The Nobel Prize-granting body known as the Swedish Academy experienced serious upset on Thursday, when Sara Danius, the academy's first female permanent secretary, was removed from her post in the wake of sexual harassment allegations against a man affiliated with the committee. Danius' departure leaves vacant seven of the Swedish Academy's 18 seats, which, according to The New York Times, is "one short of the 12-member quorum needed to elect new members in the event of a vacancy." The Swedish Academy has been left so dysfunctional that King Carl XVI Gustav has agreed to step in and make changes that will allow the Nobel Prize-granting body to continue operation.
You might be asking yourself how things got to this point. It all started in November 2017, when 18 women accused Jean-Claude Arnault, the husband of Swedish Academy member Katarina Frostenson, of sexual assault and sexual harassment. Danius, who has led the Swedish Academy since 2015, "cut the academy’s ties with Mr. Arnault, and hired a law firm to conduct an investigation into its ties with" his businesses, The New York Times reports. The law firm found "financial irregularities," but the Swedish Academy did not follow the firm's recommendation that it file a report with the police, who were conducting their own investigation into the allegations against Arnault.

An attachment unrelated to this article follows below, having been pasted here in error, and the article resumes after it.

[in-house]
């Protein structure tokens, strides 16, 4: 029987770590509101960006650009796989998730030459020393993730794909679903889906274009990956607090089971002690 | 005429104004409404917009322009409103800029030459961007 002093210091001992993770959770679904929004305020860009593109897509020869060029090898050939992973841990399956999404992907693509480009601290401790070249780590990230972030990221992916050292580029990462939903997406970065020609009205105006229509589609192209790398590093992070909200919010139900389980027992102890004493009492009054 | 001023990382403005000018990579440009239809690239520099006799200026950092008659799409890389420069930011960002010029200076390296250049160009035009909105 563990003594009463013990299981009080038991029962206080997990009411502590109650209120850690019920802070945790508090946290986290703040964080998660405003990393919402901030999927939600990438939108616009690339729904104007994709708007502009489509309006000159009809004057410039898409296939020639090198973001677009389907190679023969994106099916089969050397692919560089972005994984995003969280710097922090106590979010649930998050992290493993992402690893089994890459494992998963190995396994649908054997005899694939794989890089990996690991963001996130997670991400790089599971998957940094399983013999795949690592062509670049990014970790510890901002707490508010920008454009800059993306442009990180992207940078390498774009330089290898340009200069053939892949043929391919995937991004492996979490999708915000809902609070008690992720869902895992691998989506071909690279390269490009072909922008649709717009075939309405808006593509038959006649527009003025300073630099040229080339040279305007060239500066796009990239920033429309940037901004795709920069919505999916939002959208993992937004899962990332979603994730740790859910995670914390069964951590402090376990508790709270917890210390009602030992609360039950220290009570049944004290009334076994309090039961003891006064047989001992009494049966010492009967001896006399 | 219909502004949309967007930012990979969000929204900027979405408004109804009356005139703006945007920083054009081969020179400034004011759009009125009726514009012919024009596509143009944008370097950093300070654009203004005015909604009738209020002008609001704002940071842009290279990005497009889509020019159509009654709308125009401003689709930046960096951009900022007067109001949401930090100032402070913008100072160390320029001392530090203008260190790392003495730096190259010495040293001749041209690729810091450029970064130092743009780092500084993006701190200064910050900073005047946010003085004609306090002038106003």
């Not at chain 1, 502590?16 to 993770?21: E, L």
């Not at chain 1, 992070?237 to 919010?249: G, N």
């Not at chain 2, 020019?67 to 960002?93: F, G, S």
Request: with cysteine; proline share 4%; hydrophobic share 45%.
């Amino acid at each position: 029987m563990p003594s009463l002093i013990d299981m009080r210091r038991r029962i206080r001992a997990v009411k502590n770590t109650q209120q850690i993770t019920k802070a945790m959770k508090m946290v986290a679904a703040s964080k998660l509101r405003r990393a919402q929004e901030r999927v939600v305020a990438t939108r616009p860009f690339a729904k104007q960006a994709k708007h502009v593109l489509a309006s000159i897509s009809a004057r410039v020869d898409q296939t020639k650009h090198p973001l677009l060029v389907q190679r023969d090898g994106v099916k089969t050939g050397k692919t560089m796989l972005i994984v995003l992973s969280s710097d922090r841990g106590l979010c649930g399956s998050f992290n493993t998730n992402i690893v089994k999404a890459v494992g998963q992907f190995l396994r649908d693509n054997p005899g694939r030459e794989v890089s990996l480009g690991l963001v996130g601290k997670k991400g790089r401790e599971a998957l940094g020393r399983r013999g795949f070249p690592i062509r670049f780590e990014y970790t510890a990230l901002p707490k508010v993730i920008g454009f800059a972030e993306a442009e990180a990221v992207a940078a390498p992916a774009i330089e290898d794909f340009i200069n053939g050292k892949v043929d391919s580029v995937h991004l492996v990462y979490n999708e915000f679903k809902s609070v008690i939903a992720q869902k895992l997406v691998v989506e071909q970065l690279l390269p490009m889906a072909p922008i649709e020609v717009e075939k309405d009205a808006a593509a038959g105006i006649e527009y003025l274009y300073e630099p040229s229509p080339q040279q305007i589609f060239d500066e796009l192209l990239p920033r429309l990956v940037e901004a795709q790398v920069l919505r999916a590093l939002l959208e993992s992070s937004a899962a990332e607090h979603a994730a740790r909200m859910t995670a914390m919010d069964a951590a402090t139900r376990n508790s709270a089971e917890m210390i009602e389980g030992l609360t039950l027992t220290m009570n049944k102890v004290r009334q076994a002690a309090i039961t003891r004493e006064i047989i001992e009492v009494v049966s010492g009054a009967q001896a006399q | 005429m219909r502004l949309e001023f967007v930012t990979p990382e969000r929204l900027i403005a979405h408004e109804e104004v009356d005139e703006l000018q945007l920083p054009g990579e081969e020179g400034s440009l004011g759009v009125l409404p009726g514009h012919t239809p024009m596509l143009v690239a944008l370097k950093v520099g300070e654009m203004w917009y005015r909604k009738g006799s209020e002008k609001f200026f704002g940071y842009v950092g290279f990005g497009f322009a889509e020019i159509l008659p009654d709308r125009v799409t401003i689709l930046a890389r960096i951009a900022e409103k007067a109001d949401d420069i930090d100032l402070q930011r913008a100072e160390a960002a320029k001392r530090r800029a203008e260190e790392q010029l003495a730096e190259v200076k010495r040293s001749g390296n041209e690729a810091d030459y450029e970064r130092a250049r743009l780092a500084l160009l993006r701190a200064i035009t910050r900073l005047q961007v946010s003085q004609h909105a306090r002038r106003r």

The allegations against Arnault and the Swedish Academy's response prompted the departure of three academy members — Klas Ostergren, Kjell Espmark, and Danius' predecessor Peter Englund — on April 6. Based on The New York Times' reporting of their separation from the academy, it is difficult to say whether or not the three men left the Nobel Prize-granting body for the same reason.
Now, with Danius gone, the Swedish Academy has too few members to approve new ones. Members join the academy for lifetime positions, and death is the only way to empty a seat; quitting merely leaves a person's post inactive. Some seats were already vacant in advance of this recent exodus, and the Swedish Academy is now left one active member shy of the 12 it needs to replace its lost bodies. The New York Times reports that "King Carl XVI Gustaf signaled this week that he would . . . amend the academy’s rules to allow members to resign and be replaced."
The Swedish Academy says that this upset will not impact the granting of the Nobel Prize, which requires only an eight-member quorum to approve.